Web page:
People repeat this constantly, but it's not actually true.
Wow, that's so strange. I have heard this claim in so many places, everywhere from Al Franken to the New York Times.
I will say that I was under the impression that it was limited only to publicly traded corporations.
But does this mean you could, for example, convince a bunch of shareholders to make you the CEO of an oil company and then run the company into the ground, and as long as you never actually stole any money or exploited your position to personally enrich yourself, all they could do is fire you?
Of course, companies get run into the ground all the time. Investors can sue in cases like securities fraud where the company is hiding information about how poorly they're doing, but it's not illegal to just run a company badly (and definitely not to run it well but not "optimally").
I don't mean just being bad at your job, I mean actively undermining the operations of the company with malice and intention.
Thanks for the examples, but all of these are pretty small or niche, compared to state-run institutions. Are there any countries that do this at a state run level?
You know, if we had a President Obama, or even Clinton, or even Romney, I'd probably trust the government to use mobile phone data to help people quarantine. However I have not one single iota of doubt that Trump would abuse this power to further hurt communities of color and activists.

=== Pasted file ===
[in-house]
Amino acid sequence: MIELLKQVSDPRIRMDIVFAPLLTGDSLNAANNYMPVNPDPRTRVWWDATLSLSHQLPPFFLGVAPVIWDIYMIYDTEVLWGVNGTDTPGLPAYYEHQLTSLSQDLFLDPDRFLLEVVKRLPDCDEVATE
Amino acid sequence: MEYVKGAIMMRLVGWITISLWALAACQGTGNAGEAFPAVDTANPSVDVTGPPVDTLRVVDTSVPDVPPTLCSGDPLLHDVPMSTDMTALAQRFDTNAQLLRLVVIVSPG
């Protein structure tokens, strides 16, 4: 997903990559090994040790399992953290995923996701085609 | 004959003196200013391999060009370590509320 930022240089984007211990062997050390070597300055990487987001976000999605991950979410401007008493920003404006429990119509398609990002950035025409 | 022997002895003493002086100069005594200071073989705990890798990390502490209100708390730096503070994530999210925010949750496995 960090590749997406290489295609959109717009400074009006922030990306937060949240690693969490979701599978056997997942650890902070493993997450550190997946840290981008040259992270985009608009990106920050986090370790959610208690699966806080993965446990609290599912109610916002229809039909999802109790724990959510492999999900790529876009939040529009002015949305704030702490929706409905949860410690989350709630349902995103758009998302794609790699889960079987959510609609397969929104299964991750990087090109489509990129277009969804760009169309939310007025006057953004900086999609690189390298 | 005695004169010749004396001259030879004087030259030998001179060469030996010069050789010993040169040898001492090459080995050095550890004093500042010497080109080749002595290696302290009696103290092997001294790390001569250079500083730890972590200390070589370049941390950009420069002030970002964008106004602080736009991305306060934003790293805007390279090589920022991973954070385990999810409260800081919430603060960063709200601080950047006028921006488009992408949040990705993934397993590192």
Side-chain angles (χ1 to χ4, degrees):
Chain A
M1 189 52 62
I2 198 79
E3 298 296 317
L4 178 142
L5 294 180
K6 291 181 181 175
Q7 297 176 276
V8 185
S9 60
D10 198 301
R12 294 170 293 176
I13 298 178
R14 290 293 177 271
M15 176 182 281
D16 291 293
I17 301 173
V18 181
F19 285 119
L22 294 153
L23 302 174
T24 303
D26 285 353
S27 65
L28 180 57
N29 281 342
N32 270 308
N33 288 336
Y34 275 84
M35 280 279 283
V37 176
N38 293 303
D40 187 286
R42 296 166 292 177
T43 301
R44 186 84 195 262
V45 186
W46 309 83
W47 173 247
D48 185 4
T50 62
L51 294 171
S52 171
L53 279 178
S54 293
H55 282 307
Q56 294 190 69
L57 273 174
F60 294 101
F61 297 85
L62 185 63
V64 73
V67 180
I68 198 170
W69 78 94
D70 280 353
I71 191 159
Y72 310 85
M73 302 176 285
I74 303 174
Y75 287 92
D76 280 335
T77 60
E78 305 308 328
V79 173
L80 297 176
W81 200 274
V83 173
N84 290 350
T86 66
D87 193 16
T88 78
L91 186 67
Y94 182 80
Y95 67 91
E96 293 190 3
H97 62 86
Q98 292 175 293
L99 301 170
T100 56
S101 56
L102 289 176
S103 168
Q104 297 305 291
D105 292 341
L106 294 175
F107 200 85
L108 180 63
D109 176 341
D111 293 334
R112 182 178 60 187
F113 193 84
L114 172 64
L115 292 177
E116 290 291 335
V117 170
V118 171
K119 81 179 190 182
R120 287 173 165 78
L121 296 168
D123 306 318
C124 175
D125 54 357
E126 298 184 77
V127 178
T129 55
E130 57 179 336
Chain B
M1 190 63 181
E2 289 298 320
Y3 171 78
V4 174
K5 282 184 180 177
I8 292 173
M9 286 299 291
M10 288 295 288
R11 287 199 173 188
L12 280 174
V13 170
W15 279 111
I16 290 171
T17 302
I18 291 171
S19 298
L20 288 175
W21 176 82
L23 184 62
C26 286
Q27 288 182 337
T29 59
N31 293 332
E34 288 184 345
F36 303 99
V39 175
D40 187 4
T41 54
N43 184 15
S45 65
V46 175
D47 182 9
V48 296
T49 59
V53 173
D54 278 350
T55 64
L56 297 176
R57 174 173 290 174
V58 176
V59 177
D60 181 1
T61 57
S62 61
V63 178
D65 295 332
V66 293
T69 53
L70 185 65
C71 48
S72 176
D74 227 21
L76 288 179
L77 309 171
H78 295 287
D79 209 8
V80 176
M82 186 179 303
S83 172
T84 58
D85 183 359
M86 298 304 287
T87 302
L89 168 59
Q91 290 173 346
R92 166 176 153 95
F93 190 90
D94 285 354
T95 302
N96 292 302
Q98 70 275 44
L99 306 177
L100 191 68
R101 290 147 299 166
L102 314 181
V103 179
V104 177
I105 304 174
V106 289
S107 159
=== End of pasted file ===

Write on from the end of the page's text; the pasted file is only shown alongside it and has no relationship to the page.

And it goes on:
Given that a variety of republican institutions have already been found to be repeatedly doing this, this is almost a certainty.
I wouldn't, if only because once these powers are granted, they're never revoked.
That hasn't worked well for literally any other time emergency powers were granted.
Remember all the rhetoric at the time? 'Don't change your lives or the terrorists win!'
Well...I wouldn't say they won, but they certainly didn't lose by that metric either. The police state gained a ton of power less than 2 weeks after 9/11, and we've been waging an especially never ending war ever since.
From the article: